Agenda | All times are MYT (UTC +8)
Tuesday, November 24
Dr John Markus Lervik
Co-Founder and Chief Executive Officer
Digital transformation is shaped according to industry-specific needs, process efficiency aspirations and “end-game” visions. Some relate to enablement of People, Technology and Processes, while others invest extra efforts in niche capabilities and value-driven technology. This session will discuss the crucial question: What does it take for a company to be successful in their digital transformation efforts?
The session will feature senior executives from various E&P companies and other industries, who have undergone or are undergoing a digital transformation journey. They will share their strategies, approaches, processes, benefits and lessons learnt. While it prevails that not one size fits all, adoption and replication of best practices (from own industry or other industries) are what make the industry thrive, over a period of time.
Hafiz Azzad Zubir
Head (Operational Excellence)
Center of Excellence Development & Production,
Dr. Thana Slanvetpan
attached to President, PTTEP and
AI & Robotics Ventures Co. Ltd, a subsidiary company of PTTEP
Chief Operating Officer
LCS & LCS Digital (India & South Asia Region)
Anand Laxshmivarahan R
Group Chief Digital Officer
Digital infrastructure is defined as the ability to store, process, exchange and serve data through information technology. The key enabling technologies are not limited to the physical assets that are required to operate such as networks, communication, computing and data storage, but also include new information technology infrastructure such as cloud technology, big data technology, 5G and IoT networks; in addition to modern application architectures such as container, API, serverless architecture and so on.
The Digital Infrastructure is not just “an ability”, it is something real that stands behind the digital transformations of economics and business. It is the core of digital transformation. This session will provide insights into cutting-edge information technology and cloud, to ensure a strong foundation can be laid down for digital transformation.
Some of these areas include:
- Cloud technology (Public/Private)
- Data centre, big data technology, no SQL database, graph database
- Modern network and connectivity (5G, IoT)
- Modern application architectures (Container, API, serverless architecture)
- Open Subsurface Data Universe (OSDU): A Business Transformation Movement,
Ron Clymer, EPAM
- Intelligence Driven Organisations and 3 Horizons Framework,
Osama Hanna, Microsoft
- Xtended Reality in Immersive Spaces for the Oil and Gas Industry,
Dibakar Chakraborty, Halliburton and Benn La Bouchardiere, Igloo Vision
In today’s environment, with an oil price reset and demand erosion due to the pandemic, the industry is looking for novel ways to reduce personal and process safety risk, Non Productive Time (NPT) and unplanned production outages, whilst simultaneously improving returns by driving cost reduction, production optimization and yield improvements. Down-manning in the field, the move to Remote Operations and the subsequent transition to predictive and prescriptive analytics and thereafter to automation are pathways currently actively being explored for all stages in the Life of a Field. Fortunately, recent years have seen significant advances in Machine Learning (ML) and Artificial Intelligence (AI), building on the UAS and IIOT, access to Big Data and Elastic Cloud Computing. Accessing and amalgamating existing data into a holistic and federated data image, enabling Subject Matter Experts of all concerned disciplines to become “Citizen Data Scientists”, focusing their efforts on finding cost-effective solutions, rather than the data, promises to be delivered on the urgent requirements of delivering predictable outcomes for the industry – across the Life of Field and for the entire Production System of the Future, from the reservoir to refinery.
Additionally, in recent years, the combination of HD computer vision-enabled through AI and paired with robots designed for operations in environments hazardous to humans is evolving at a rapid pace, delivering benefits in terms of cost reduction and HS&E improvements. AI-enabled AR/VR is finding its way into collaboration teams as well as the training and education sector.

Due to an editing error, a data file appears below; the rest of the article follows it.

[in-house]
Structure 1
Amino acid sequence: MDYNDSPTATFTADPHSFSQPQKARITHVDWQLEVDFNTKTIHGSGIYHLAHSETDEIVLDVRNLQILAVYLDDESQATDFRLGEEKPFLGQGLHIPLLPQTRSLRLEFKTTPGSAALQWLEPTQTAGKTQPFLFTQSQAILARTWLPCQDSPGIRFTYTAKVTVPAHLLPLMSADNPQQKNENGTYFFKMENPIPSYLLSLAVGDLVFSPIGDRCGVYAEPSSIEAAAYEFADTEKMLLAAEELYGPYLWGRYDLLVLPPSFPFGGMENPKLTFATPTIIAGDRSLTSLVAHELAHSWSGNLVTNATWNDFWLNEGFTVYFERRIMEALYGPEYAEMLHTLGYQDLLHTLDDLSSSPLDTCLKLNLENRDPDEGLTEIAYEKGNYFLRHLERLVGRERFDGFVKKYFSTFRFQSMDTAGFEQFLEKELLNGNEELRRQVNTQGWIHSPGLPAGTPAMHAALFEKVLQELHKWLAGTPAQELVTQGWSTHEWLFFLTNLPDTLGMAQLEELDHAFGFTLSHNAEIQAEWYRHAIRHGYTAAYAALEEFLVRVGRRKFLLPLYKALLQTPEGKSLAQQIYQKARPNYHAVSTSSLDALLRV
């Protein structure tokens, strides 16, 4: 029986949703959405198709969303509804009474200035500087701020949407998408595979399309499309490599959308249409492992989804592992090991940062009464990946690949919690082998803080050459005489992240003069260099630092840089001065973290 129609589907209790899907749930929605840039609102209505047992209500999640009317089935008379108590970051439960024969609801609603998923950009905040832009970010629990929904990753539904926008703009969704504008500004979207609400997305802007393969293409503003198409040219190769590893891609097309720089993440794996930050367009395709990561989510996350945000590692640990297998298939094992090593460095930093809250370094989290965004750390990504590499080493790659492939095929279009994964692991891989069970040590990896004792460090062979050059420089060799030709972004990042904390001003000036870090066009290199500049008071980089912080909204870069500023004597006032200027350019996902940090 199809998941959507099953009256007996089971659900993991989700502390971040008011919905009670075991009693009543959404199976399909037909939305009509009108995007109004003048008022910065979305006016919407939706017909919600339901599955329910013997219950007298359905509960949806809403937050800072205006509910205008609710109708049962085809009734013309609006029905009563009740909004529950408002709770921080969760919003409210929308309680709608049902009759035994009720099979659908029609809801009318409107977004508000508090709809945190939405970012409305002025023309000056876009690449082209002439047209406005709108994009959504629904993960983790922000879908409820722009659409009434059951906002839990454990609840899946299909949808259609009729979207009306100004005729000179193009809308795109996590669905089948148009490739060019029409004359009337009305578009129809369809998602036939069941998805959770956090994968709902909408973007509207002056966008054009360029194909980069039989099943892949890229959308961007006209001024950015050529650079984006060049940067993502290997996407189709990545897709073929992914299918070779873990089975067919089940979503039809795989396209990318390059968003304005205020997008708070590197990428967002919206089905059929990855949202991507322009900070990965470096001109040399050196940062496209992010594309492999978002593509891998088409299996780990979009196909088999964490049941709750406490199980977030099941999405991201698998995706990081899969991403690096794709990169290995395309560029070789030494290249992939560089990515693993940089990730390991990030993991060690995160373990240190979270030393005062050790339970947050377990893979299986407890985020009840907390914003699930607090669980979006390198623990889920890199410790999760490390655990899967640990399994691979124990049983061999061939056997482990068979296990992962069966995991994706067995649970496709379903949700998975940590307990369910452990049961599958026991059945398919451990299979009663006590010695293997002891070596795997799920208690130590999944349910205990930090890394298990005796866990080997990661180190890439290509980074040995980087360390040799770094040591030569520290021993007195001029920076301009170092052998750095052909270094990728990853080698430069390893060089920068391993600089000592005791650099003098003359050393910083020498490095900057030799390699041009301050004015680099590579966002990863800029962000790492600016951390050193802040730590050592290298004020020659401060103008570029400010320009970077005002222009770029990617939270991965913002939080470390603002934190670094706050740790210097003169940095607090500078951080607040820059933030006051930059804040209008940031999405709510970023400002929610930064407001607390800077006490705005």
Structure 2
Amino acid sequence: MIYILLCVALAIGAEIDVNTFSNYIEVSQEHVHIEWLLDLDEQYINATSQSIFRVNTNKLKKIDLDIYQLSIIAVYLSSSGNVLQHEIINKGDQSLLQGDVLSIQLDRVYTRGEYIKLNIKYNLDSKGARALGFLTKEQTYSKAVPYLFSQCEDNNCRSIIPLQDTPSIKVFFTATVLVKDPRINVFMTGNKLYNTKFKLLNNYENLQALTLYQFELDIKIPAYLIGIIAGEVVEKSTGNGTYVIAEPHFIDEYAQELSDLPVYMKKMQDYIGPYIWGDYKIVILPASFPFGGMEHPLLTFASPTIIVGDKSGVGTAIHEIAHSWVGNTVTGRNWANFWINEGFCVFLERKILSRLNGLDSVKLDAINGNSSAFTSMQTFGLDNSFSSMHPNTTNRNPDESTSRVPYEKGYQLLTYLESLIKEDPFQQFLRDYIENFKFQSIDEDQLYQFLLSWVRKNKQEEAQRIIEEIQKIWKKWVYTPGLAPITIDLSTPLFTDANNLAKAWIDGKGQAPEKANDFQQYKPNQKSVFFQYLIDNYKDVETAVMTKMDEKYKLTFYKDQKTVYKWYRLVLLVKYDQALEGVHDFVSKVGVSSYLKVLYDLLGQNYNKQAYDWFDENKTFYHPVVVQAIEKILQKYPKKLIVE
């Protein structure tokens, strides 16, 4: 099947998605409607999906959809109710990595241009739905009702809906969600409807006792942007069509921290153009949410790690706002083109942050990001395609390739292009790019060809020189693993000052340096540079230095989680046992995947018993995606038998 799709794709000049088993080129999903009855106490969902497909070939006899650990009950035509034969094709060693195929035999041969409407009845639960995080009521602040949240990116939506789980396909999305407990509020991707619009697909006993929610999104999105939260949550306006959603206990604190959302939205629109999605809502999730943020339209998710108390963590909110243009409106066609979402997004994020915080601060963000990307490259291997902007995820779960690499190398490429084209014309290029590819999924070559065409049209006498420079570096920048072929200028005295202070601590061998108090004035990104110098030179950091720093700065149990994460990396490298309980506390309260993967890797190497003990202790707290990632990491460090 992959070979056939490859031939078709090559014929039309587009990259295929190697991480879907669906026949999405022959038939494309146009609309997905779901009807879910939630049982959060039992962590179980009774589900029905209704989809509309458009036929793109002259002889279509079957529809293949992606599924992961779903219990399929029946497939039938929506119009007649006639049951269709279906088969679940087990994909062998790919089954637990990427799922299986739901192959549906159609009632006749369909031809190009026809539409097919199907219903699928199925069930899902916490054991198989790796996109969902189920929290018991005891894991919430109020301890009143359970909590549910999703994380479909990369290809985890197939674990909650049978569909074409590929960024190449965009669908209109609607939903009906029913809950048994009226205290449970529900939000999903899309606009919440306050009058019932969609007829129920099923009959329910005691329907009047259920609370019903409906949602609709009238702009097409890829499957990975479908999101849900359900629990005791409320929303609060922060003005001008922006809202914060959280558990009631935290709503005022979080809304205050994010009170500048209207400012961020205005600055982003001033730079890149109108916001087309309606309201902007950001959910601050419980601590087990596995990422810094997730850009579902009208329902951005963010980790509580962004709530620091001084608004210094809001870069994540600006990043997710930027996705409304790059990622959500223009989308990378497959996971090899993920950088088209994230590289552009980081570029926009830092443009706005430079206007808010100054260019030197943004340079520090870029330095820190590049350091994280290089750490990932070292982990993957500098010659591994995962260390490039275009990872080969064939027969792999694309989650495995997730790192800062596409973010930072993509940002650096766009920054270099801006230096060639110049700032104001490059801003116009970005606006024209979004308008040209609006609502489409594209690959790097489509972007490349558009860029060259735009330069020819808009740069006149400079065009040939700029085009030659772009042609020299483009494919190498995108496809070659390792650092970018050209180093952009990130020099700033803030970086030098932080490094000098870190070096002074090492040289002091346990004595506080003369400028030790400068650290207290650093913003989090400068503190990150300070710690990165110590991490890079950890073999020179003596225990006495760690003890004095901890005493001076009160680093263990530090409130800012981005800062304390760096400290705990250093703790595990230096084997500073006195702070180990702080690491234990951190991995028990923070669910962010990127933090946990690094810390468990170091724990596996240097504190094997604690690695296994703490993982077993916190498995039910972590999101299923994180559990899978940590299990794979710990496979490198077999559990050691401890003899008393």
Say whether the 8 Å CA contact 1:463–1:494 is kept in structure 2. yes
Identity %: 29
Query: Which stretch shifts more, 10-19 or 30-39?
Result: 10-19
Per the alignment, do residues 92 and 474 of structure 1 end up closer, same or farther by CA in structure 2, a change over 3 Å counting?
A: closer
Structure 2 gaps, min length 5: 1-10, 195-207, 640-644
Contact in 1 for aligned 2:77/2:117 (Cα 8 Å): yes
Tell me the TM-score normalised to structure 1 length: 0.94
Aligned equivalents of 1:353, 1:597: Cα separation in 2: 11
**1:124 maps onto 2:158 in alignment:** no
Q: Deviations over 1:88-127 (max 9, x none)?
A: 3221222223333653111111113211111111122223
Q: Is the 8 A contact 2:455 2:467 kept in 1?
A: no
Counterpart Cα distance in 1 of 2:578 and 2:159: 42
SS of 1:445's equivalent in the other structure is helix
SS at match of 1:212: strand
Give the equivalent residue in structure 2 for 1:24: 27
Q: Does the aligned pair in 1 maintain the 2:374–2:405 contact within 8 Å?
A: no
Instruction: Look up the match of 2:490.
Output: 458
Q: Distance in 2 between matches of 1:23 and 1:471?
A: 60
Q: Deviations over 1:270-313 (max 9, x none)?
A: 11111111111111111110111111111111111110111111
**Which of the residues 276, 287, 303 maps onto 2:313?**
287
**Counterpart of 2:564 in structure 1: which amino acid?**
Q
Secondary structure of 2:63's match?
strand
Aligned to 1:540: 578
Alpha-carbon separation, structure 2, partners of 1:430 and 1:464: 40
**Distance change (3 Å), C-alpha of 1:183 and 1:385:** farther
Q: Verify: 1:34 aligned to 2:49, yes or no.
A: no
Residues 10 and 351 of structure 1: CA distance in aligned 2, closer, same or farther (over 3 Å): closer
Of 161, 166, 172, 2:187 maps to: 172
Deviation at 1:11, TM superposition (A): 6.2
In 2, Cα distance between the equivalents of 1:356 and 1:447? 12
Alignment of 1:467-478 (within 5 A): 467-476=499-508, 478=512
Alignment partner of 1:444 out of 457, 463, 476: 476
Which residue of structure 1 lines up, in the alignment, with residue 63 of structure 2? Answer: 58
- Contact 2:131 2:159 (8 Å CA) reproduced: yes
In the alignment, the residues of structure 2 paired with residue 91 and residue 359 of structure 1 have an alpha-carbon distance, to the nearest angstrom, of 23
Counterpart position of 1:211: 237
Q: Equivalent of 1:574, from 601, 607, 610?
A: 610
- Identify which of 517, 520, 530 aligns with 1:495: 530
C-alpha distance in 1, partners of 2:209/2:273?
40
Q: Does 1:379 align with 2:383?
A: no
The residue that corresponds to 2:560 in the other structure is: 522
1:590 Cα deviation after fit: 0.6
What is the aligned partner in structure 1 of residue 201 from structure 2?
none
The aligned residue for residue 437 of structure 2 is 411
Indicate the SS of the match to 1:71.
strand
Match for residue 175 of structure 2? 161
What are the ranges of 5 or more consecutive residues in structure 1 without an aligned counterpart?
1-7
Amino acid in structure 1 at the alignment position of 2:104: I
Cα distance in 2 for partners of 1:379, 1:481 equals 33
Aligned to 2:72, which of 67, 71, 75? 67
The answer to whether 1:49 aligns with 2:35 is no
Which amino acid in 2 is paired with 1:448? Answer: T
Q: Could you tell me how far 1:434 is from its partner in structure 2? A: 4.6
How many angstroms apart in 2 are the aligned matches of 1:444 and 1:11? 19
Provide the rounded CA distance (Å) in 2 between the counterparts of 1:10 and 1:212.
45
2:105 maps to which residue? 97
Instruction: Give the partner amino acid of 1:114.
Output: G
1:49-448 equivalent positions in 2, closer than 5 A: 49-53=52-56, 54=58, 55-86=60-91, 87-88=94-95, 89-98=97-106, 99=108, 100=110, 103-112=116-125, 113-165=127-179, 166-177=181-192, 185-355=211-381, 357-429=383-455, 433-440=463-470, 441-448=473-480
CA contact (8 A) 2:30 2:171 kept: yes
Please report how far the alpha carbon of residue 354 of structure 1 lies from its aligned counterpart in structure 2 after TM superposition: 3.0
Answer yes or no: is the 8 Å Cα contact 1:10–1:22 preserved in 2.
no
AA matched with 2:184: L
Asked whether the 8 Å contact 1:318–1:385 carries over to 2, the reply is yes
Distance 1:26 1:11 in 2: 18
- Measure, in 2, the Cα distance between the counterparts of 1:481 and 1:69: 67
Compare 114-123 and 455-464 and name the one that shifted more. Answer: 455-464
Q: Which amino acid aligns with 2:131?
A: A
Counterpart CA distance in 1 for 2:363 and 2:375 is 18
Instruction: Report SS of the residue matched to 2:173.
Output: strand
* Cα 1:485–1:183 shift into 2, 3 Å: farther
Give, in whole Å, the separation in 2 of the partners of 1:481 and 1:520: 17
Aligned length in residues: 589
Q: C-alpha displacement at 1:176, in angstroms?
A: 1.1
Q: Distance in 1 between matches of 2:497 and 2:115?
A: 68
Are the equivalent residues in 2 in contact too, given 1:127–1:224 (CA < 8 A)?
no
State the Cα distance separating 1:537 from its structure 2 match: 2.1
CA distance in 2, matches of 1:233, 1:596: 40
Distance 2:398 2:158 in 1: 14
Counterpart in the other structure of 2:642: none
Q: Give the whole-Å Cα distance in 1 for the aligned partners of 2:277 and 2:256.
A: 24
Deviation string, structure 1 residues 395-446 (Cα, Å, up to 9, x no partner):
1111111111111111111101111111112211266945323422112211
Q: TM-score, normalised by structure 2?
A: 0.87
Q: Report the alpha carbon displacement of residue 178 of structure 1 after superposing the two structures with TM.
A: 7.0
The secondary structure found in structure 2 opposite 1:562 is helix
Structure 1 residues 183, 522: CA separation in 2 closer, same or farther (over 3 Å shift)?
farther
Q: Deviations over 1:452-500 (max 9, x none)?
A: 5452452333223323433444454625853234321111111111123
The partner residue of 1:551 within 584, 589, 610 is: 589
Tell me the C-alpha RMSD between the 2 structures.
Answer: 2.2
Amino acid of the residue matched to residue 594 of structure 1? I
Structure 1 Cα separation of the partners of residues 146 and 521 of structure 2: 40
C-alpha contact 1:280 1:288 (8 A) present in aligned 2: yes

New Way of Working for Oil & Gas Operation Optimisation, Supha-Kitti Dhadachaipathomphong, PTTEP
Improving Well Delivery: Using AI/ML to Find, Predict, and Isolate Drilling Hazards, Ted Furlong, Baker Hughes
Innovation at The Edge With AI/ML to Reduce Equipment Downtime, Manage HSE Risks and Enhance Production, Debashis Gupta, Agora, an IoT venture of Schlumberger
Online Flow Assurance – A Digital Path Forward, Devina Rawat, Schlumberger
Wednesday, November 25
Office work is the result of the Industrial Revolution. At that time, the machine power was centralised and efficient remote communication was impossible. Factories and offices, therefore, were established in cities. Fast-forward to the 21st century, access to computing power and communication through the internet has become a reality. Knowledge jobs (as we have many in our industry) is more getting paid based on their function and results rather than office hours. The concept of remote working is not new. However, the Covid-19 pandemic imposed the most significant remote working experiment in human history.
It offered us a perfect opportunity to re-think the concept of office work. Shifting to remote working has created far-reaching consequences to both employers and employees. It impacts almost every aspect of our professional and personal lives.
- Enterprise Culture
- Creativity and Productivity
- Professional Relationships & Young Generation of Professionals
- Work-Life Balance & Mental Health
- Gender Equality and Career Progression
This panel session will share insights of remote work from different perspectives, and to brainstorm on how best to embrace this change in the E&P industry.
Khor Chern Chuen
Chief Operating Officer
SAP South-East Asia
Asia - Pacific HR Director
Global Health and Wellbeing Leader
In today’s world, companies are adopting more and more digital technology to further enhance their businesses. An organisation must be willing to transform and build a digital culture to fully benefit from digitalisation. People, technology, and process are the main elements in digital transformation, what are the capabilities and skills companies need to equip their discipline workforce to embrace this revolutionary shift. We will share experiences and learn how digital technology could positively support the petroleum industry to efficiently and profitably extract hydrocarbon while maintaining the highest HSE standards. This session will discuss how to change and instil a growth mindset, create digital talent, empower employees, and attract new talent, along with exploring knowledge management, organisational structure management, and change management. We will also delve into the changing work lifestyles, and how to handle shifting cultures in addition to responses from people throughout an organisation.